Labour's Falkirk row becomes national issue for Labour
Labour's acrimonious contest to select a new candidate for a House of Commons seat in central Scotland has prompted one resignation, two suspensions and an almighty row. The BBC's Scotland Correspondent James Cook has been to Falkirk to find out more.
For an industrial town Falkirk is surprisingly green.
Tall trees sway wildly in the strong summer breeze and, down below, water sparkles in the sunlight as it pours over the locks on the Forth and Clyde and Union canals.
It was these waterways which helped Falkirk to grow and prosper.
The town is in the heart of Scotland's old industrial belt: they forged iron and steel here and they still build buses for customers all over the world.
It was a very natural home for the Labour movement but did that movement get too comfortable?
Linda Gow, a Labour councillor in the town who used to lead the local council, was the first to raise the alarm about her party's behaviour.
"There appears to be controversy about how members locally were signed up," she says, with some understatement.
"I raised an issue last March with the party, passed it on to the party and other people have since raised issues within a party investigation."
The issue Ms Gow raised was about the process to select a replacement for the sitting MP Eric Joyce as Labour's candidate at the next general election.
The former army officer had been kicked out of the party after a bar brawl at the House of Commons. He had a majority of 7,843 and, in March, a battle for his seat began.
Ms Gow is one of the potential candidates but she denies she was acting out of self-interest when she reported alleged dodgy dealings by her rivals to the party leadership.
The scene for these supposed dirty tricks is a short drive outside Falkirk, a rather smart sandstone building called the Broomhill Inn, decorated by flower baskets of purple and red.
It's here that a group of drinkers were allegedly signed up by the local Labour party chairman, Stevie Deans, their membership fees paid for by the union, Unite, despite the fact that they were not members of the union.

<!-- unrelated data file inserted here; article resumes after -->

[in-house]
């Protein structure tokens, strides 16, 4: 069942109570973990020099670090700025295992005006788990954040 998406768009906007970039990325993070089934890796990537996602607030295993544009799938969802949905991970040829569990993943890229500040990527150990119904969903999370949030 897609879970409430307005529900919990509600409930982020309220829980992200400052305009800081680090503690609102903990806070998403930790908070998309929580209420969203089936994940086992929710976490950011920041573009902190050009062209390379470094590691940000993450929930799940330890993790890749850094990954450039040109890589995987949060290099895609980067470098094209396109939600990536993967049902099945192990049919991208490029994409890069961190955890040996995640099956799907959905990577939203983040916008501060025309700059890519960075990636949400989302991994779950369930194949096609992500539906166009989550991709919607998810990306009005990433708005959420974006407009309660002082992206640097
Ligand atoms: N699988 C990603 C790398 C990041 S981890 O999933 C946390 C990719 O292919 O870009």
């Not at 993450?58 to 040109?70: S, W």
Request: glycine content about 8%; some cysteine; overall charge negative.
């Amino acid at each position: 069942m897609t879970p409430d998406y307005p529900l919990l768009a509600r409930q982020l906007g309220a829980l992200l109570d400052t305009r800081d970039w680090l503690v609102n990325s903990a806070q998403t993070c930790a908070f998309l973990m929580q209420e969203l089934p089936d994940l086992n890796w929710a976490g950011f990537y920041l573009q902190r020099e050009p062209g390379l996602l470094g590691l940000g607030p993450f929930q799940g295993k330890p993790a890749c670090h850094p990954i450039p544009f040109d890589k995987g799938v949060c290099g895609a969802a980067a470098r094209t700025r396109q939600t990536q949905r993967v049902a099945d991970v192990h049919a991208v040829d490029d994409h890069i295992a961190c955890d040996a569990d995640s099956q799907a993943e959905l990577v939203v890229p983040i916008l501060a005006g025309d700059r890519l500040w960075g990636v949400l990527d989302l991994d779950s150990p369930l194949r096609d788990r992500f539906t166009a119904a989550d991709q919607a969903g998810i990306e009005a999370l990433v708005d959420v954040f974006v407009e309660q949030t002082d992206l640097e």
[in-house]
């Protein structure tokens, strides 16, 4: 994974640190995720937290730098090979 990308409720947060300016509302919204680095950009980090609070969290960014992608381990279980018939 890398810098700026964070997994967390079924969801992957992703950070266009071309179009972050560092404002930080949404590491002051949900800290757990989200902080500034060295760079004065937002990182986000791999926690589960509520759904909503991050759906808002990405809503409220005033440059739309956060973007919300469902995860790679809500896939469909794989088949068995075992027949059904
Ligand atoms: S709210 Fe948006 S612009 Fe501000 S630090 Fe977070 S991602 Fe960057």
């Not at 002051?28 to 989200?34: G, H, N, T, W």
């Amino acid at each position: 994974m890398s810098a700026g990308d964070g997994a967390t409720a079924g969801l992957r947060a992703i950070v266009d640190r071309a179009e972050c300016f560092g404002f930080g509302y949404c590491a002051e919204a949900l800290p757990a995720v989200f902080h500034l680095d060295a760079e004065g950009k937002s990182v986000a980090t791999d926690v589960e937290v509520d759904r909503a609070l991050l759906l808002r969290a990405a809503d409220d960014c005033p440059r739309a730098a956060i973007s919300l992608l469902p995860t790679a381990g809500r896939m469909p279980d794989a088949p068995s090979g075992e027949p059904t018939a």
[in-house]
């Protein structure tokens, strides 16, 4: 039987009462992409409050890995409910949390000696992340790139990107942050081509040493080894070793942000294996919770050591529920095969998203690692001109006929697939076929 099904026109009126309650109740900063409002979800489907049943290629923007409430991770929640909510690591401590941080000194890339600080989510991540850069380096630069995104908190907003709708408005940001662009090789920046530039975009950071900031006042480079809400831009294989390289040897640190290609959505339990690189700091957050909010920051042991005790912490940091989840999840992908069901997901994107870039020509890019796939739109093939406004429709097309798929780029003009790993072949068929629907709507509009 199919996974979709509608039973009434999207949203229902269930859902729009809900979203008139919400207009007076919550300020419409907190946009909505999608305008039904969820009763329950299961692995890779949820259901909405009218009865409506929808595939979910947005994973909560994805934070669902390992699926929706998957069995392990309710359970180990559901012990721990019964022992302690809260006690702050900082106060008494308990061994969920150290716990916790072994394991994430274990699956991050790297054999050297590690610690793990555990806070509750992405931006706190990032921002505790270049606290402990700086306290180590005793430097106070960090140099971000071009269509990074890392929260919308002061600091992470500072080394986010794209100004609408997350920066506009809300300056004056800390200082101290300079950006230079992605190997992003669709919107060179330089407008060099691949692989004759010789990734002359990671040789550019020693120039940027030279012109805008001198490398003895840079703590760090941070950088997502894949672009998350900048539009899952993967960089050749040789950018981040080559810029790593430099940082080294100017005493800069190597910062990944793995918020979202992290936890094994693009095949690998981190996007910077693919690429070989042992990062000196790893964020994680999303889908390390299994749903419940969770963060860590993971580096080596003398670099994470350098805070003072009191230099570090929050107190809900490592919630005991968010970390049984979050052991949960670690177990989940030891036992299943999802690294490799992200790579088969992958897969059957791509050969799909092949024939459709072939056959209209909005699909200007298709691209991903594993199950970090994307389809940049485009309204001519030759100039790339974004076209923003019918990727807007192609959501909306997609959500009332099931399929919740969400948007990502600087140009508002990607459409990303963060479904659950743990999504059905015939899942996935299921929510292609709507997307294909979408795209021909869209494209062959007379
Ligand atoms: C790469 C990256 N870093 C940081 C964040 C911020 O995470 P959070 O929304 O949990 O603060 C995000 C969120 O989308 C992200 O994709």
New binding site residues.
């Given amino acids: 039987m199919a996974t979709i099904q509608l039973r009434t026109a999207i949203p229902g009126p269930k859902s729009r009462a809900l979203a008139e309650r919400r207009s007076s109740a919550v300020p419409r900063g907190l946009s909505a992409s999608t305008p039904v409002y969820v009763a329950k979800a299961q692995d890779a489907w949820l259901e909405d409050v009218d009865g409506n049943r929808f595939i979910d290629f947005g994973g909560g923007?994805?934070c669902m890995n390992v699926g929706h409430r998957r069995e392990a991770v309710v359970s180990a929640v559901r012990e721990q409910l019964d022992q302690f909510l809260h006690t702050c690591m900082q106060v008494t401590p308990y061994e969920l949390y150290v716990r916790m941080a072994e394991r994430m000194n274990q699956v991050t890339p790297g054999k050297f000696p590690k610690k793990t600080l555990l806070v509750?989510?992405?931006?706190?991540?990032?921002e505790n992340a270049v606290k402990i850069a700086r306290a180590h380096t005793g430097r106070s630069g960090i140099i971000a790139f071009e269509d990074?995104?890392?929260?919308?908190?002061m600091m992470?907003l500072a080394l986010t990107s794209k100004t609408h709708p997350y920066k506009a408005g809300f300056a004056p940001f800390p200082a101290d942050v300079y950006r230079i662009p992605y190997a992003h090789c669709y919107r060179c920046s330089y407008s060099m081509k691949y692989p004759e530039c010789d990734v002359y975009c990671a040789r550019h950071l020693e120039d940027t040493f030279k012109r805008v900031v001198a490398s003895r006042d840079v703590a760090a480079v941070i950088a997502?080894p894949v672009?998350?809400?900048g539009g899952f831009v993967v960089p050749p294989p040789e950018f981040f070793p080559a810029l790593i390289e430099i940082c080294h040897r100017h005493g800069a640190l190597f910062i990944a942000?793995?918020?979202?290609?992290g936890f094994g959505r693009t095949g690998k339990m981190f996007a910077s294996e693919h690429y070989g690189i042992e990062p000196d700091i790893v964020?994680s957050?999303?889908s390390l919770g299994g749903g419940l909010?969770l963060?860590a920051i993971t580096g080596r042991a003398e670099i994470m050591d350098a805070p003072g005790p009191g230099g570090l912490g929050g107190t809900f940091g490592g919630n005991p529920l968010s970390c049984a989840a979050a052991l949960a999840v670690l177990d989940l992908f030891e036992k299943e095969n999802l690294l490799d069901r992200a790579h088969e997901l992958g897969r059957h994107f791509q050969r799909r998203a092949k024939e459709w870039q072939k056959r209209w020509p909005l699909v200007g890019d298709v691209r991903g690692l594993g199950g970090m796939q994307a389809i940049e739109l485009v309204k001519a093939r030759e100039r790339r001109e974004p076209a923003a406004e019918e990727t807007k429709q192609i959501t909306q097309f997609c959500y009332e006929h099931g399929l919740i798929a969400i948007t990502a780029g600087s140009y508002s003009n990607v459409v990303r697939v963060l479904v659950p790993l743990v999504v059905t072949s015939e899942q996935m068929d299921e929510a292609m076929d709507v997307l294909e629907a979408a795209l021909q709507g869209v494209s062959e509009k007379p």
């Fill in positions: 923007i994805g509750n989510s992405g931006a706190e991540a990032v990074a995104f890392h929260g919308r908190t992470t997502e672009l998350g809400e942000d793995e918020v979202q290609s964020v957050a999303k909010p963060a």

It's claimed that relatives of those present later discovered they had been signed up to join the party without their knowledge. Those making the allegations suggest that more than 100 new members may have been recruited in this manner.
The idea was that they would happily vote for Unite's preferred candidate for the seat, Karie Murphy.
Labour's rule book seems to bear out the claim that this is not allowed. Chapter 2, Clause II, 4.A reads as follows:
"It is an abuse of party rules for one individual or faction to 'buy' party membership for other individuals or groups of individuals who would otherwise be unwilling to pay their own subscriptions."
Ms Murphy and Mr Deans have been suspended while the Labour MP Tom Watson, who employs Ms Murphy as his office manager and is a friend of the general secretary of Unite, Len McCluskey, has resigned from his shadow cabinet post as election co-ordinator.
In his resignation letter he called on his leader Ed Miliband to publish an internal report on the Falkirk scandal, criticising what he called "unattributed shadow cabinet briefings around the mess in Falkirk" and urging "that the report should be published - in full - and the whole truth told as soon as possible so that the record can be made clear."
Brian Capaloff, a Unite member who is on the Labour party executive in Falkirk, also called for the report to be published.
He too claimed there had been "selective leaking and smearing from the Labour party about the alleged actions of Unite" and warned that if the report was kept secret the problems would only get worse for Mr Miliband.
Others wonder why there has been no public statement on the matter from the Scottish Labour leader Johann Lamont.
She is lying low although those who brief the media on her behalf are busy insisting that she has been instrumental in sorting out the mess and that she and Mr Miliband are as one in their approach.
Of course the crisis is now about much more than Falkirk and Scotland.
It gets to the heart of who really runs and influences the Labour party at a national level.
It could weaken Ed Miliband, painting him as a union stooge or it could strengthen him by allowing him to assert his authority over the unions.
Much may depend on whether evidence now emerges of dirty tricks in other constituencies.
Several sources within the Labour party mutter darkly that this kind of behaviour is not at all unusual and is not restricted to any particular faction or union.
But whatever happens nationally, some Labour party members here in Falkirk fear the in-fighting could end up handing this seat to the Scottish National Party.